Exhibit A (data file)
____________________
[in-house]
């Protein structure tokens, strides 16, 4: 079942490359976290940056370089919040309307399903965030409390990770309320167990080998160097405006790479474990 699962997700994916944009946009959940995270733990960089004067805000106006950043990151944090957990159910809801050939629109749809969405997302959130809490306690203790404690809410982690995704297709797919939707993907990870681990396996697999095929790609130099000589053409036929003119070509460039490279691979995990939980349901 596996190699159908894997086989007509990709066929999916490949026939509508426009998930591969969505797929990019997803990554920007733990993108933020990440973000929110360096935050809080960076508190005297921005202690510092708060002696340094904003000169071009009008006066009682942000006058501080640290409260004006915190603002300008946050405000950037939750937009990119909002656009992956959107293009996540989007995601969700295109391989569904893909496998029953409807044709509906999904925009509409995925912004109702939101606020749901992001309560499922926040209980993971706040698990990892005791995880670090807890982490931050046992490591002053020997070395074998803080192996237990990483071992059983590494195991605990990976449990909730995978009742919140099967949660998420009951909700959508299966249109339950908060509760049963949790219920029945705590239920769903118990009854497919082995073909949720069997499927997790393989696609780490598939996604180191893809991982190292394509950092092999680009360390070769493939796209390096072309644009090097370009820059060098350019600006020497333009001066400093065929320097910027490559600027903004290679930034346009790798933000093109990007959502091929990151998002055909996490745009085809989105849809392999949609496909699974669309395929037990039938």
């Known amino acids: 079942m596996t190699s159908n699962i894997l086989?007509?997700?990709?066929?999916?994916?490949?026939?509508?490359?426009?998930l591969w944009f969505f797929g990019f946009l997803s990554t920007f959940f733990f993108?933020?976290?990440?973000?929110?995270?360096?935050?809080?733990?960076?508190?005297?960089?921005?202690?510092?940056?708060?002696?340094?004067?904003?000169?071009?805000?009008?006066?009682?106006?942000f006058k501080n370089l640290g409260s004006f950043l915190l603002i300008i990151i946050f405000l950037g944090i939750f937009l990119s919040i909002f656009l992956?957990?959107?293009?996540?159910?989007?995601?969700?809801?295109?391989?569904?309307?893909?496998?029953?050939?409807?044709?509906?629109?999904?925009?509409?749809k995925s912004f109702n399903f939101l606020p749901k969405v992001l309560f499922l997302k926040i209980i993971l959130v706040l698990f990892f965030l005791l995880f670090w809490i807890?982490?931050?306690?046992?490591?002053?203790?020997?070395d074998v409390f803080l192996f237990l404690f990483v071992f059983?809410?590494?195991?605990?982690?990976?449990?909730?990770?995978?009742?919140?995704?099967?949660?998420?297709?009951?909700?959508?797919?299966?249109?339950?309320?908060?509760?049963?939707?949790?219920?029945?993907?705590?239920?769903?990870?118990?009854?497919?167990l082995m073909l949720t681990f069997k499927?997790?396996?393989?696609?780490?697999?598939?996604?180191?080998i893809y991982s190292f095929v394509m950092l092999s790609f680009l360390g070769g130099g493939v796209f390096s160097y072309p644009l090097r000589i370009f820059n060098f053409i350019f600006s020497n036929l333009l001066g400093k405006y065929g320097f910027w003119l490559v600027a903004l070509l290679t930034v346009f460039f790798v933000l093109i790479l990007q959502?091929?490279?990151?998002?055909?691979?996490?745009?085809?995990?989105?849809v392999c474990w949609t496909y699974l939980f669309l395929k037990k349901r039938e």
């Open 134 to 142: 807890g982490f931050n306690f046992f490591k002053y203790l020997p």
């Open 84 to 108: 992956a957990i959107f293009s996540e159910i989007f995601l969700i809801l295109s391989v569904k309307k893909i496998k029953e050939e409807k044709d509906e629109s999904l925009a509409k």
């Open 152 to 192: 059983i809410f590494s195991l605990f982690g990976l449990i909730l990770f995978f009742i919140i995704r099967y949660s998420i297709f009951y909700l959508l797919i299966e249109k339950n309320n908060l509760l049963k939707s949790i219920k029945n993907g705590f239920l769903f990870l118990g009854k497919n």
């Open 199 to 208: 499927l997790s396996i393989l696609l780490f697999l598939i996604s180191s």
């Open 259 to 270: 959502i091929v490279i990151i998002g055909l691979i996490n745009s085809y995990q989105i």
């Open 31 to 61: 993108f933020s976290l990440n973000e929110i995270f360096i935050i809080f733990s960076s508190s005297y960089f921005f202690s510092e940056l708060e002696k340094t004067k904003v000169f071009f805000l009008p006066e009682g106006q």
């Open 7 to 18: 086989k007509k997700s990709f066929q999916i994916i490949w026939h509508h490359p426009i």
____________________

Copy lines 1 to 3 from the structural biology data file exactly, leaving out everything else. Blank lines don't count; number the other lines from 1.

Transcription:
[in-house]
């Protein structure tokens, strides 16, 4: 079942490359976290940056370089919040309307399903965030409390990770309320167990080998160097405006790479474990 699962997700994916944009946009959940995270733990960089004067805000106006950043990151944090957990159910809801050939629109749809969405997302959130809490306690203790404690809410982690995704297709797919939707993907990870681990396996697999095929790609130099000589053409036929003119070509460039490279691979995990939980349901 596996190699159908894997086989007509990709066929999916490949026939509508426009998930591969969505797929990019997803990554920007733990993108933020990440973000929110360096935050809080960076508190005297921005202690510092708060002696340094904003000169071009009008006066009682942000006058501080640290409260004006915190603002300008946050405000950037939750937009990119909002656009992956959107293009996540989007995601969700295109391989569904893909496998029953409807044709509906999904925009509409995925912004109702939101606020749901992001309560499922926040209980993971706040698990990892005791995880670090807890982490931050046992490591002053020997070395074998803080192996237990990483071992059983590494195991605990990976449990909730995978009742919140099967949660998420009951909700959508299966249109339950908060509760049963949790219920029945705590239920769903118990009854497919082995073909949720069997499927997790393989696609780490598939996604180191893809991982190292394509950092092999680009360390070769493939796209390096072309644009090097370009820059060098350019600006020497333009001066400093065929320097910027490559600027903004290679930034346009790798933000093109990007959502091929990151998002055909996490745009085809989105849809392999949609496909699974669309395929037990039938």
């Known amino acids: 079942m596996t190699s159908n699962i894997l086989?007509?997700?990709?066929?999916?994916?490949?026939?509508?490359?426009?998930l591969w944009f969505f797929g990019f946009l997803s990554t920007f959940f733990f993108?933020?976290?990440?973000?929110?995270?360096?935050?809080?733990?960076?508190?005297?960089?921005?202690?510092?940056?708060?002696?340094?004067?904003?000169?071009?805000?009008?006066?009682?106006?942000f006058k501080n370089l640290g409260s004006f950043l915190l603002i300008i990151i946050f405000l950037g944090i939750f937009l990119s919040i909002f656009l992956?957990?959107?293009?996540?159910?989007?995601?969700?809801?295109?391989?569904?309307?893909?496998?029953?050939?409807?044709?509906?629109?999904?925009?509409?749809k995925s912004f109702n399903f939101l606020p749901k969405v992001l309560f499922l997302k926040i209980i993971l959130v706040l698990f990892f965030l005791l995880f670090w809490i807890?982490?931050?306690?046992?490591?002053?203790?020997?070395d074998v409390f803080l192996f237990l404690f990483v071992f059983?809410?590494?195991?605990?982690?990976?449990?909730?990770?995978?009742?919140?995704?099967?949660?998420?297709?009951?909700?959508?797919?299966?249109?339950?309320?908060?509760?049963?939707?949790?219920?029945?993907?705590?239920?769903?990870?118990?009854?497919?167990l082995m073909l949720t681990f069997k499927?997790?396996?393989?696609?780490?697999?598939?996604?180191?080998i893809y991982s190292f095929v394509m950092l092999s790609f680009l360390g070769g130099g493939v796209f390096s160097y072309p644009l090097r000589i370009f820059n060098f053409i350019f600006s020497n036929l333009l001066g400093k405006y065929g320097f910027w003119l490559v600027a903004l070509l290679t930034v346009f460039f790798v933000l093109i790479l990007q959502?091929?490279?990151?998002?055909?691979?996490?745009?085809?995990?989105?849809v392999c474990w949609t496909y699974l939980f669309l395929k037990k349901r039938e």